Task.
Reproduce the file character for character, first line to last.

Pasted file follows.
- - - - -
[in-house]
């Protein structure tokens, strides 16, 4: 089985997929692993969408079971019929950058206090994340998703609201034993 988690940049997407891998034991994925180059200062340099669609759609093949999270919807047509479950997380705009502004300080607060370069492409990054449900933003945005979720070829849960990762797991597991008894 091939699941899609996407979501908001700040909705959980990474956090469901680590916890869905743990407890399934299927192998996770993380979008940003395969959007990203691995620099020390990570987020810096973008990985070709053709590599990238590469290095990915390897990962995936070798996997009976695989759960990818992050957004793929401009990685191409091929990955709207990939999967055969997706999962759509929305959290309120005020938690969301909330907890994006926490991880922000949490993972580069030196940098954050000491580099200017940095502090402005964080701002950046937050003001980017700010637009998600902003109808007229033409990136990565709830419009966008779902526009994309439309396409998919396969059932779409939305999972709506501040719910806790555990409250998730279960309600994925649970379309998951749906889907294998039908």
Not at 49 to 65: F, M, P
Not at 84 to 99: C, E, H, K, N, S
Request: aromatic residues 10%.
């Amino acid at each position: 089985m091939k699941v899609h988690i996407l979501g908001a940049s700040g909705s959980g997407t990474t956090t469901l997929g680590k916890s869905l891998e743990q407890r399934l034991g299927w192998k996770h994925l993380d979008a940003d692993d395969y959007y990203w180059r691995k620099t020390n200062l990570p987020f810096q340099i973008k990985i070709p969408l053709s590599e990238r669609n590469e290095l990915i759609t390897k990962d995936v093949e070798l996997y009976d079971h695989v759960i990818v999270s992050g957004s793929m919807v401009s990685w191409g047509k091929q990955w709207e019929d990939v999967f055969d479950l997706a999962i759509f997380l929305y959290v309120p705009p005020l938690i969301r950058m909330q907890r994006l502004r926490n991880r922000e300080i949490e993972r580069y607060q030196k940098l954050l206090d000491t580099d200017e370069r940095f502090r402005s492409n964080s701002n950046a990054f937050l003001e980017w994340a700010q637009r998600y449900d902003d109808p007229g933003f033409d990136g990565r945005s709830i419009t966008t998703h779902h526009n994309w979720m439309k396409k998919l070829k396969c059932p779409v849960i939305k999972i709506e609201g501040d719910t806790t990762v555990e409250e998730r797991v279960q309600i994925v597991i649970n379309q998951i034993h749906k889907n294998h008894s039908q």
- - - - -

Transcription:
[in-house]
């Protein structure tokens, strides 16, 4: 089985997929692993969408079971019929950058206090994340998703609201034993 988690940049997407891998034991994925180059200062340099669609759609093949999270919807047509479950997380705009502004300080607060370069492409990054449900933003945005979720070829849960990762797991597991008894 091939699941899609996407979501908001700040909705959980990474956090469901680590916890869905743990407890399934299927192998996770993380979008940003395969959007990203691995620099020390990570987020810096973008990985070709053709590599990238590469290095990915390897990962995936070798996997009976695989759960990818992050957004793929401009990685191409091929990955709207990939999967055969997706999962759509929305959290309120005020938690969301909330907890994006926490991880922000949490993972580069030196940098954050000491580099200017940095502090402005964080701002950046937050003001980017700010637009998600902003109808007229033409990136990565709830419009966008779902526009994309439309396409998919396969059932779409939305999972709506501040719910806790555990409250998730279960309600994925649970379309998951749906889907294998039908």
Not at 49 to 65: F, M, P
Not at 84 to 99: C, E, H, K, N, S
Request: aromatic residues 10%.
């Amino acid at each position: 089985m091939k699941v899609h988690i996407l979501g908001a940049s700040g909705s959980g997407t990474t956090t469901l997929g680590k916890s869905l891998e743990q407890r399934l034991g299927w192998k996770h994925l993380d979008a940003d692993d395969y959007y990203w180059r691995k620099t020390n200062l990570p987020f810096q340099i973008k990985i070709p969408l053709s590599e990238r669609n590469e290095l990915i759609t390897k990962d995936v093949e070798l996997y009976d079971h695989v759960i990818v999270s992050g957004s793929m919807v401009s990685w191409g047509k091929q990955w709207e019929d990939v999967f055969d479950l997706a999962i759509f997380l929305y959290v309120p705009p005020l938690i969301r950058m909330q907890r994006l502004r926490n991880r922000e300080i949490e993972r580069y607060q030196k940098l954050l206090d000491t580099d200017e370069r940095f502090r402005s492409n964080s701002n950046a990054f937050l003001e980017w994340a700010q637009r998600y449900d902003d109808p007229g933003f033409d990136g990565r945005s709830i419009t966008t998703h779902h526009n994309w979720m439309k396409k998919l070829k396969c059932p779409v849960i939305k999972i709506e609201g501040d719910t806790t990762v555990e409250e998730r797991v279960q309600i994925v597991i649970n379309q998951i034993h749906k889907n294998h008894s039908q």